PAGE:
The third embodiment shown in FIGS. 8 and 9 is adapted for the first section, which is the lowermost section. The first section is located on top of the lower force distribution element 18 (see FIG. 1). Some of the foundation elements 20 (see FIG. 1) may be identical to this third embodiment of the tower element 24.

The fourth embodiment shown in FIGS. 10 and 11 is adapted for the second section, which is located on top of the first section,

The fifth embodiment shown in FIGS. 12 and 13 is adapted for the third section, which is located on top of the second section.

The sixth embodiment shown in FIGS. 14 and 15 is adapted for the fourth section, which is located on top of the third section. The upper force distribution element 26 (see FIG. 1) is located on top of the fourth section.

The material thickness 36 of the tower elements 24 is decreasing from the third embodiment, which is the thickest tower element 24 to the sixth embodiment, which is the thinnest tower element 24.

Each tower element 24 in FIGS. 8 to 15 comprises an outside wall 58 having an outside 32, an inside 34, a material thickness 36 provided there between, and top 38 and bottom surfaces 40, said tower element 24 having a hollow centre, said tower elements 24 are arranged one tower element 24′ on top of another 24″ forming a column 22 (se FIG. 1) on top of the foundation 12 (see FIG. 1).

A plurality of interlinking tendons 60 is running through the hollow centre of the tower elements 24 close to the inside 34.

The tower elements 24 include a plurality of protrusions 46. The protrusions 46 are extending between the top 38 and bottom 40 surfaces. Each protrusion 46 has a hollow bore that is parallel with a longitudinal axis through the tower element 24 and hence the tower construction 10 (see FIG. 1). A tendon 28 is running through each protrusion 46 for assisting the alignment of the tower elements 24 during assembly of the column 22 and for providing compression of the column 22 during erection of the tower construction 10.

The tendons 28 and the interlinking tendons 60 are arranged close to the inside 34 of the tower elements 24 of the fourth section, which is the upper most section. It is herewith achieved that the upper force distribution element 26 is supported by the structure of the upper most tower element 24 as close to the attachment point of the tendons 28 and the interlinking tendons 60. The radial bending moments in the upper force distribution element 26 is thereby limited as much as possible.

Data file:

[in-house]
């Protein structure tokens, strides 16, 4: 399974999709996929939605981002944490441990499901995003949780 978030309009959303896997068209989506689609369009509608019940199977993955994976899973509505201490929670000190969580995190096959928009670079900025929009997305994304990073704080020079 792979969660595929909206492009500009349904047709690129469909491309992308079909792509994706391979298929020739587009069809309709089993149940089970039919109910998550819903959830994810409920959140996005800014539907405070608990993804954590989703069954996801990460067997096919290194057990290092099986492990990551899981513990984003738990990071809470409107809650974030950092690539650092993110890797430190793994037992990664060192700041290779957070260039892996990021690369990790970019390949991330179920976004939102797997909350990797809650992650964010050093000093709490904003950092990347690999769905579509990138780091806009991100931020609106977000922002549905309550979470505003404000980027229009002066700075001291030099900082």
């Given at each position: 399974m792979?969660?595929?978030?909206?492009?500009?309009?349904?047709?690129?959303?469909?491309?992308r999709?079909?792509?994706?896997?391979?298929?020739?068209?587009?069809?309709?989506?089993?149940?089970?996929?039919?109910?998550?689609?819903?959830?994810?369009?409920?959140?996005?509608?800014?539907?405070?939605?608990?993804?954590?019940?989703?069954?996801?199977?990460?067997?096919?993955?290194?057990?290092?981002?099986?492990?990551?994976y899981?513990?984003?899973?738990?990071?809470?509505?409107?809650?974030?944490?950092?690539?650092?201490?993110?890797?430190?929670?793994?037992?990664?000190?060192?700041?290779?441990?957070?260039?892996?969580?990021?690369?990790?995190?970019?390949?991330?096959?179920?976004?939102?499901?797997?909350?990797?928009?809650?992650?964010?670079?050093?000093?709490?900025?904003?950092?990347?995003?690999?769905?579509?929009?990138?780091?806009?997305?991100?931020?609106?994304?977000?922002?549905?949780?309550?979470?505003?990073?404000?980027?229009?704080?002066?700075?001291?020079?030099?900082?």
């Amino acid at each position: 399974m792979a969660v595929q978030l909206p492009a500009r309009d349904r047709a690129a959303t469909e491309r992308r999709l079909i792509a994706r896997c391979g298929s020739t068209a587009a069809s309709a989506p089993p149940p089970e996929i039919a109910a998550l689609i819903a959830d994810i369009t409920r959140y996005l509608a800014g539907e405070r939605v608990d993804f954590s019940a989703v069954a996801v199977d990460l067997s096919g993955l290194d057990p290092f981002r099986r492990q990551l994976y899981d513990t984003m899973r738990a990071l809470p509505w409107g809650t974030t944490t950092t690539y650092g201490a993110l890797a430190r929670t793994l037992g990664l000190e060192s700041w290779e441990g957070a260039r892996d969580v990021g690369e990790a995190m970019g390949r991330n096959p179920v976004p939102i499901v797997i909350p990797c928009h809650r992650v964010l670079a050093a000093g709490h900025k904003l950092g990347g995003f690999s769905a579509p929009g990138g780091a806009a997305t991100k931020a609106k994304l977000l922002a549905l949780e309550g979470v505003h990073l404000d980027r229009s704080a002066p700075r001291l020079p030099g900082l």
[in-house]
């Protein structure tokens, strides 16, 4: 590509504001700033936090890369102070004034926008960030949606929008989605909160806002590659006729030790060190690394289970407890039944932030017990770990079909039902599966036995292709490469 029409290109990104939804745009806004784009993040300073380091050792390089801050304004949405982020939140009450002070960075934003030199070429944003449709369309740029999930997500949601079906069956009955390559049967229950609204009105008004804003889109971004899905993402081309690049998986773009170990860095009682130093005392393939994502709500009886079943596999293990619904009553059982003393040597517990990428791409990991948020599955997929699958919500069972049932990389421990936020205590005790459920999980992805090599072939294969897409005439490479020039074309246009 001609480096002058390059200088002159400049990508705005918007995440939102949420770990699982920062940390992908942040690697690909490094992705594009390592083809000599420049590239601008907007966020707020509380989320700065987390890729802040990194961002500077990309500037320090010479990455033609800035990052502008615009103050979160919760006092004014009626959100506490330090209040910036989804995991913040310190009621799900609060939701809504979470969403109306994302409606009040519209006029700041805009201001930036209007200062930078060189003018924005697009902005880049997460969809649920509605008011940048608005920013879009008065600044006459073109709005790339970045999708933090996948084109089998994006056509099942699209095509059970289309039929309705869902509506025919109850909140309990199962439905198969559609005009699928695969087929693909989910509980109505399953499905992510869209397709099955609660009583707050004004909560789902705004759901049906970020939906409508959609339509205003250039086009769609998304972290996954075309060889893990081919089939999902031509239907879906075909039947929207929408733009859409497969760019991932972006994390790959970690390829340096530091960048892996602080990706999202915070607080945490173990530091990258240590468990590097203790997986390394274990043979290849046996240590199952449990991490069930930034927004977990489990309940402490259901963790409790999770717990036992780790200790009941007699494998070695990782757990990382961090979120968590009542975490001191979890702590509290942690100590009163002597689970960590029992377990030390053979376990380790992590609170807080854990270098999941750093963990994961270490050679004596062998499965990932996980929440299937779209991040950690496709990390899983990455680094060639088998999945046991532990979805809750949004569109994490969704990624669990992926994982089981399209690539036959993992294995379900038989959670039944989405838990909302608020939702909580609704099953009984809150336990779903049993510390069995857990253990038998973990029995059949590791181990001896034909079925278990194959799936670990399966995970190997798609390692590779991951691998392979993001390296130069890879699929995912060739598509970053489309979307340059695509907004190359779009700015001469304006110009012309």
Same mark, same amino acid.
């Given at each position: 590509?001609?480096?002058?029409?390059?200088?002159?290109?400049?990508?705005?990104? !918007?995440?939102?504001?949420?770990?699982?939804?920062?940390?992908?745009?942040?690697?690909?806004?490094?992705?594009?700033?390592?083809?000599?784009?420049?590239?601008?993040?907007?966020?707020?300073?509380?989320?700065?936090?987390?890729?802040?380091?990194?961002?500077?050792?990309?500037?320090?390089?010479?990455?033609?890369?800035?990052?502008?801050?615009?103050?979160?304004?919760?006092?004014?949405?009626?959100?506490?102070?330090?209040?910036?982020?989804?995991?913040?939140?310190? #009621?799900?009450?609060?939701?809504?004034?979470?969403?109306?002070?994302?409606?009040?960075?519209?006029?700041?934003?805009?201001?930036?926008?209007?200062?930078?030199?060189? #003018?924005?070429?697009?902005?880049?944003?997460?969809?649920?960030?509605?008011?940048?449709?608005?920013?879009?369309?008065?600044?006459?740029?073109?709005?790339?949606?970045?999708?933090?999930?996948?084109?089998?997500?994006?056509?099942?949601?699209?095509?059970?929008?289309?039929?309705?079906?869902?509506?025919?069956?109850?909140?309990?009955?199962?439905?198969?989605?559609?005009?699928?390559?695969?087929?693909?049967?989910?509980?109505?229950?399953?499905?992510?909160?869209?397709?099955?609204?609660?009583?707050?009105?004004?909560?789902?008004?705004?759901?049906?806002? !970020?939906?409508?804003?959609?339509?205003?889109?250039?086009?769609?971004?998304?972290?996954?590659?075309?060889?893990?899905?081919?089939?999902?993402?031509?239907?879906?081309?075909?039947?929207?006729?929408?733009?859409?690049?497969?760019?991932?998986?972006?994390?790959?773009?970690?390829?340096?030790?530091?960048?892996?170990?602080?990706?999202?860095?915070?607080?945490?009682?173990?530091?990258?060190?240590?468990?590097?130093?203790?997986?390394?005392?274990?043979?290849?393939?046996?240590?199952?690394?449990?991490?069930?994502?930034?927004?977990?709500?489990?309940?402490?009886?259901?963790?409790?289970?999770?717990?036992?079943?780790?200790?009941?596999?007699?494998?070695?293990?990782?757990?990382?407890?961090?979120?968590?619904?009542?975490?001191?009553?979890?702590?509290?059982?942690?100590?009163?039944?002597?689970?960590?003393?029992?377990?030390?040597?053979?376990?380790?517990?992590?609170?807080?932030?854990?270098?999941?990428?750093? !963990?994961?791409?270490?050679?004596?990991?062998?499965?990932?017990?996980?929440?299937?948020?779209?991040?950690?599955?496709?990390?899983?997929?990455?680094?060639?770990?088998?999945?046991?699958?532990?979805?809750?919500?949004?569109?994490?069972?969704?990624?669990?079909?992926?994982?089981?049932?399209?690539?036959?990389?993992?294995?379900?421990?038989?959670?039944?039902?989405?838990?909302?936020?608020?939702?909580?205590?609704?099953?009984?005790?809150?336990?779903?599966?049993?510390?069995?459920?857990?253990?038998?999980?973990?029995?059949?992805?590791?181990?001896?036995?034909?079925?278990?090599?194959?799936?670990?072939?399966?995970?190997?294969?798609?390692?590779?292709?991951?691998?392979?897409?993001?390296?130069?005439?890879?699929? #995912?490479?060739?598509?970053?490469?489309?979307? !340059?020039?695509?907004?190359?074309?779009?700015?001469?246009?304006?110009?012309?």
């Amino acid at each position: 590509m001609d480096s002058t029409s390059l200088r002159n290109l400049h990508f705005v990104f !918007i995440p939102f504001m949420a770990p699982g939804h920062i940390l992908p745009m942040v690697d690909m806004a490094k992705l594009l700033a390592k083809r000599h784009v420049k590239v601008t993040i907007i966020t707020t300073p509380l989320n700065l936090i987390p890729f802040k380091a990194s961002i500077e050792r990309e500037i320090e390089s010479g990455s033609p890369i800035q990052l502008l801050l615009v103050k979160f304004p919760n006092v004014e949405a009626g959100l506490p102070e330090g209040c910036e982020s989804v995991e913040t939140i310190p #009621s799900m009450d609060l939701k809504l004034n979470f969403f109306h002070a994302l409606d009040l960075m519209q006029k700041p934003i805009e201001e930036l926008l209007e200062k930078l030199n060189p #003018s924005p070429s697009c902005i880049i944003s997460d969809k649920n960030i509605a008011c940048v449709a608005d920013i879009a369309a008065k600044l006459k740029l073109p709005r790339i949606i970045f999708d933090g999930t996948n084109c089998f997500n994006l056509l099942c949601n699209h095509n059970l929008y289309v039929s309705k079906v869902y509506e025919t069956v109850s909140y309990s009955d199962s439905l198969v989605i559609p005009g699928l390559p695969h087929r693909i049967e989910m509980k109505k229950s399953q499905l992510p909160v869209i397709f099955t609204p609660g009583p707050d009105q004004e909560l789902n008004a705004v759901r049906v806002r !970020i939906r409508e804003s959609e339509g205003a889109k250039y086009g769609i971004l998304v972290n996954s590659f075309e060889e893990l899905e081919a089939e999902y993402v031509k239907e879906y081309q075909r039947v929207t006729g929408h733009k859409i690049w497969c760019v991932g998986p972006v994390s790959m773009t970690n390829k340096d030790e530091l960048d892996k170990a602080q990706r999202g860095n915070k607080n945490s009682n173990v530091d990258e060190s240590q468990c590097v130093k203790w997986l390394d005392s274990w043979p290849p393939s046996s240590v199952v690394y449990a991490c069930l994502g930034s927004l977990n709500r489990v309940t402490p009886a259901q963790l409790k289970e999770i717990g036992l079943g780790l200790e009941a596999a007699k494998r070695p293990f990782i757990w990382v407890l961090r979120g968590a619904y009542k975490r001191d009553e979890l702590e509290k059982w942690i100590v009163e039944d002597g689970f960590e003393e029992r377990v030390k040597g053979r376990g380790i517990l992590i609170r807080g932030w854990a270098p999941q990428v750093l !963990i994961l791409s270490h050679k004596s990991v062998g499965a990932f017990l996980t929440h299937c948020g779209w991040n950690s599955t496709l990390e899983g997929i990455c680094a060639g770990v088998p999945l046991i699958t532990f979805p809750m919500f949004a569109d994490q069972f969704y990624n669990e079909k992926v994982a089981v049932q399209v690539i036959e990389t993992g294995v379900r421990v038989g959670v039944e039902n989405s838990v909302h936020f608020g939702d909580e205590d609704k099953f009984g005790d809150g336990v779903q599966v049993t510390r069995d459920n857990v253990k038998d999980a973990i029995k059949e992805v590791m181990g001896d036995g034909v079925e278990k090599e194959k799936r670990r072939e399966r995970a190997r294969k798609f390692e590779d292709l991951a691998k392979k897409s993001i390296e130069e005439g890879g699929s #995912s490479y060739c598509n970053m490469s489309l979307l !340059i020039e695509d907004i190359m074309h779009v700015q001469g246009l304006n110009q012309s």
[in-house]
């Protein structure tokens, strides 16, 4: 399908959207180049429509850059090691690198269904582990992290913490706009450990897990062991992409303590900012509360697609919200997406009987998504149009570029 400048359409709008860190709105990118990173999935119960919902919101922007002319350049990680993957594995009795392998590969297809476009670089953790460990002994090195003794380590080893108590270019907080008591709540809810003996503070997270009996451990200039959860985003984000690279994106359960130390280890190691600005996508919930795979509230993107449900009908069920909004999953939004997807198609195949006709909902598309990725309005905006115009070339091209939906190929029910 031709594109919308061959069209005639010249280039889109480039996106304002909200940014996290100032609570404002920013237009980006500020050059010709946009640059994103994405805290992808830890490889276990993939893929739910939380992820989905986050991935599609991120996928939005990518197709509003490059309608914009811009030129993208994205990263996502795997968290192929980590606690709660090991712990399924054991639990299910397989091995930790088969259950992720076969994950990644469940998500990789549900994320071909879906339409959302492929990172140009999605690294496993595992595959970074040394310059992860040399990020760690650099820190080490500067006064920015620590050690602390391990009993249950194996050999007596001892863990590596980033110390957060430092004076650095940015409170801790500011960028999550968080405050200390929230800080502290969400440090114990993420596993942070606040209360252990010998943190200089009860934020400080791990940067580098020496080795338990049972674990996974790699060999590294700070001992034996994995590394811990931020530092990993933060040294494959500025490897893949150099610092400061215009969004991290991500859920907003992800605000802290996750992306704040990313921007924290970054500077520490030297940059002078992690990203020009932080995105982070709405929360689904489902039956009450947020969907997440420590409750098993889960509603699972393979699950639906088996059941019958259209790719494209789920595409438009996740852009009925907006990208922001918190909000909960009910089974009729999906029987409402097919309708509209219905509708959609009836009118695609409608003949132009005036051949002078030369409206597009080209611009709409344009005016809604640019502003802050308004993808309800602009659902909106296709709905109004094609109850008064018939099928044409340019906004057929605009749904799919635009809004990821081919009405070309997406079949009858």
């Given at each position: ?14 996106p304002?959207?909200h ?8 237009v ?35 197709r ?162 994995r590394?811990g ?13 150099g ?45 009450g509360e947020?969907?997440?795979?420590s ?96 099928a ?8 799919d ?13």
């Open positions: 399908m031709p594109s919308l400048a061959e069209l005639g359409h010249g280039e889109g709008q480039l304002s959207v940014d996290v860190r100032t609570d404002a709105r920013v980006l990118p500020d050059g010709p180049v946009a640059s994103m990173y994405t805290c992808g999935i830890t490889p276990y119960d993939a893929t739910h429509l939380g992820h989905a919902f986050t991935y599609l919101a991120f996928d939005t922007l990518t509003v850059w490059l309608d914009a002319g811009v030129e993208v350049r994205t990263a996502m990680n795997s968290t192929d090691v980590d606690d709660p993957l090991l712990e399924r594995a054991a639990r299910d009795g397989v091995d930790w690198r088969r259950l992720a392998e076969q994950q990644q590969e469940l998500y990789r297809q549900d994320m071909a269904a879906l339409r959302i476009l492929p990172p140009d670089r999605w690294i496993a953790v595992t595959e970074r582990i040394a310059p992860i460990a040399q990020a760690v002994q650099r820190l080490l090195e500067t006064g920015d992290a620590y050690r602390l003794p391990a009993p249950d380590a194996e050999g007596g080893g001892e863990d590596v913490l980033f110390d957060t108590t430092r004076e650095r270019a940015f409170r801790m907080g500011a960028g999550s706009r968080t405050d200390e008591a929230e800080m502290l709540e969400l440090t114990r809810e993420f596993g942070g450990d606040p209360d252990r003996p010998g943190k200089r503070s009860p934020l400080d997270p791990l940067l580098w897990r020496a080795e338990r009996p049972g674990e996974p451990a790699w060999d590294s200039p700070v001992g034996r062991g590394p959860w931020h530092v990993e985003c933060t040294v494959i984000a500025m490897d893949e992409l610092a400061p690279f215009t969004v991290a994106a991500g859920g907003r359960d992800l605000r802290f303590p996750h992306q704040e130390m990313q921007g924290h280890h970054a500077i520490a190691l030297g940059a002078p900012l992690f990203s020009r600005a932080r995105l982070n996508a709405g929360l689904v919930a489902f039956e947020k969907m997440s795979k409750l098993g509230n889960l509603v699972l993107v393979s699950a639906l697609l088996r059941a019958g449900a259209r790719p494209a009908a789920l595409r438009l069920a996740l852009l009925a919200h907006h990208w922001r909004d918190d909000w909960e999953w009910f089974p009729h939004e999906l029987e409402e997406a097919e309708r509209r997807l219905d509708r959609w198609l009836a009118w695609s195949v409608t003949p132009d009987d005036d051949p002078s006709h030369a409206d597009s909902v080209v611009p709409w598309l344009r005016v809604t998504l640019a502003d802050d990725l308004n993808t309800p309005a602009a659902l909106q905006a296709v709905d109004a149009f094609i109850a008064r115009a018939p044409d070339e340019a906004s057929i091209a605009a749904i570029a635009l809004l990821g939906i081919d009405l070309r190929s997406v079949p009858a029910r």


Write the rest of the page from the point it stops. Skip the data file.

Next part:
As the material thickness 36 of the tower elements 24 is increasing towards the lower sections the inside 34 of the tower elements 24 is provided with furrows 62 making room for the tendons 28 and the interlinking tendons 60. This arrangement will increase the area supporting the lower force distribution element 18, and thereby reduce the bending moments in the lower force distribution element 18. The third and fourth embodiment is equipped with furrows 62.

FIG. 16 shows a plan view of a first embodiment of a lower/upper force distribution element 18, 26. The lower/upper force distribution element 18, 26 is an annulus with evenly distributed openings 64 for the tendons 28 and the interlinking tendons 60. The first embodiment comprises forty openings 64.

FIG. 17 shows an isometric section view of a first embodiment of an interlinking element 66. The interlinking element 66 comprises an outside wall 58′ having an outside 32′, an inside 34′, a material thickness 36′ provided there between, and top 38′ and bottom surfaces 40′, said interlinking element 66 having a hollow centre, said interlinking element 66 is adapted for being arranged between to adjacent tower elements 24.